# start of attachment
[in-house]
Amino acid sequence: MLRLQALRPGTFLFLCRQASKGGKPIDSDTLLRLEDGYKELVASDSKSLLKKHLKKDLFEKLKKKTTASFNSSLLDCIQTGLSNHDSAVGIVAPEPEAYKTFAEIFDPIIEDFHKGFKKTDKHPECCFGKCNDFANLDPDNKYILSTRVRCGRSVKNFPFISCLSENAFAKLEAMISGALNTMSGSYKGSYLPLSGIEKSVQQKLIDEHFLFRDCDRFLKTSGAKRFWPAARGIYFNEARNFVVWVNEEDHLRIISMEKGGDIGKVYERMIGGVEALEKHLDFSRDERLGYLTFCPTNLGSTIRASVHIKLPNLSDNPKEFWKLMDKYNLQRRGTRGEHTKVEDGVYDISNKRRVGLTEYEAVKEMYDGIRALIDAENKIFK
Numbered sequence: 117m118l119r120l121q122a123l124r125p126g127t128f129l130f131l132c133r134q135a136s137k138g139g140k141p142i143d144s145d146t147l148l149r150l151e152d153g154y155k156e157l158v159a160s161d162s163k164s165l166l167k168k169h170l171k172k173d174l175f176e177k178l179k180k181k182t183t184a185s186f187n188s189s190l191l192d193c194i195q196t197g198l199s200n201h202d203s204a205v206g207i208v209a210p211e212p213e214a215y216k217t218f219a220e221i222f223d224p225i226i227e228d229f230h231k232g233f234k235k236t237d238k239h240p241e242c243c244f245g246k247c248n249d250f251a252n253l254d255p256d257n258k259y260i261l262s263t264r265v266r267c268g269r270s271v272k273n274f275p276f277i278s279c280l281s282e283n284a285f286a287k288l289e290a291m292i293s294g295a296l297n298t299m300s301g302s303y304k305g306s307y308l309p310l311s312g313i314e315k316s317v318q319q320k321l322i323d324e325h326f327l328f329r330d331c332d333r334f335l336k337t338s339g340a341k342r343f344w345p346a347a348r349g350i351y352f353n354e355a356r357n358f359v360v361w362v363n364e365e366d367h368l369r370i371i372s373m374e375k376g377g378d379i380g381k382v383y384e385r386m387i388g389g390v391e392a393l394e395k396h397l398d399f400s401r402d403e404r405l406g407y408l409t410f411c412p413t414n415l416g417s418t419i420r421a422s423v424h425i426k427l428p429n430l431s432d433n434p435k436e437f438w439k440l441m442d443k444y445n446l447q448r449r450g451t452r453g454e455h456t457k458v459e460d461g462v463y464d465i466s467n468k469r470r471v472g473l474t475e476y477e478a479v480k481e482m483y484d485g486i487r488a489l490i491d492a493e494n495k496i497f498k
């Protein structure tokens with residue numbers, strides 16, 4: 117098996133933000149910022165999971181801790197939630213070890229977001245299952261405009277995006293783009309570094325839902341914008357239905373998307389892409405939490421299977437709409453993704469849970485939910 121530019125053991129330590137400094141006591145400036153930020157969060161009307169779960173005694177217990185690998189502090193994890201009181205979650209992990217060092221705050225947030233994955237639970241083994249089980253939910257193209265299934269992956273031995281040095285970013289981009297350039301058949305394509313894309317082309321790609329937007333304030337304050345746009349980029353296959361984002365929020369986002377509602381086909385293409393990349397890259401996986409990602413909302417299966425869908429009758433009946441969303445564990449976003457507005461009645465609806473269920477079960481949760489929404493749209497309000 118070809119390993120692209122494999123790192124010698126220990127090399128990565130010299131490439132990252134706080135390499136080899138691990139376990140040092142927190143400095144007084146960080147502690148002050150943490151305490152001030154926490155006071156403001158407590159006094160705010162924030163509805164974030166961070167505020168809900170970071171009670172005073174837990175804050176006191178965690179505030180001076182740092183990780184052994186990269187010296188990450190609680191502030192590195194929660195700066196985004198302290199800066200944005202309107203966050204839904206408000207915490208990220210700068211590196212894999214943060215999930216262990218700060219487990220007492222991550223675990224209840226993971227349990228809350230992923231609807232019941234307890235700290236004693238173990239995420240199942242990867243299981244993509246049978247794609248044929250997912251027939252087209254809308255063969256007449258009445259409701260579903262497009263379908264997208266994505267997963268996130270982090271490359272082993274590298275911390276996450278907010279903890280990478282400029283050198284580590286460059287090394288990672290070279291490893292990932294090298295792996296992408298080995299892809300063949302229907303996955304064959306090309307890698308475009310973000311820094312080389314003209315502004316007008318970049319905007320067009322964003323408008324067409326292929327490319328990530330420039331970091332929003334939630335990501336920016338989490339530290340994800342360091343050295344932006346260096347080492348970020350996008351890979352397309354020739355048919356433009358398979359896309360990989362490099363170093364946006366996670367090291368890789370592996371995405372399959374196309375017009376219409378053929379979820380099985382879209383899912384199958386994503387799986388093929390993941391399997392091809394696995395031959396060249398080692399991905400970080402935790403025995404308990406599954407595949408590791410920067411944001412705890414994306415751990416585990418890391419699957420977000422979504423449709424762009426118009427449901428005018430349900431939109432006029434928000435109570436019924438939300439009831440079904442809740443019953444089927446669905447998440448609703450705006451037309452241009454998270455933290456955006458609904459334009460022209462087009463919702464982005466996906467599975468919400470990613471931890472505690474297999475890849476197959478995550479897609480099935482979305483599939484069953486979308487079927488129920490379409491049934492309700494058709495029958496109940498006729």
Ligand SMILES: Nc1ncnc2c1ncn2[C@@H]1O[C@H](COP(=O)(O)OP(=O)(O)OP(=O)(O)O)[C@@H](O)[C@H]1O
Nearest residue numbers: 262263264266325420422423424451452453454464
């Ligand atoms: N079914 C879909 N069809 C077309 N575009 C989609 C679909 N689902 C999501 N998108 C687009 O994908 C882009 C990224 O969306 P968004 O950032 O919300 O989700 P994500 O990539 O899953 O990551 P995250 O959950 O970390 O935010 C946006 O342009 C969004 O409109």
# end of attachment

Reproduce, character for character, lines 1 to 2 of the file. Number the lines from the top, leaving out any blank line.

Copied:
[in-house]
Amino acid sequence: MLRLQALRPGTFLFLCRQASKGGKPIDSDTLLRLEDGYKELVASDSKSLLKKHLKKDLFEKLKKKTTASFNSSLLDCIQTGLSNHDSAVGIVAPEPEAYKTFAEIFDPIIEDFHKGFKKTDKHPECCFGKCNDFANLDPDNKYILSTRVRCGRSVKNFPFISCLSENAFAKLEAMISGALNTMSGSYKGSYLPLSGIEKSVQQKLIDEHFLFRDCDRFLKTSGAKRFWPAARGIYFNEARNFVVWVNEEDHLRIISMEKGGDIGKVYERMIGGVEALEKHLDFSRDERLGYLTFCPTNLGSTIRASVHIKLPNLSDNPKEFWKLMDKYNLQRRGTRGEHTKVEDGVYDISNKRRVGLTEYEAVKEMYDGIRALIDAENKIFK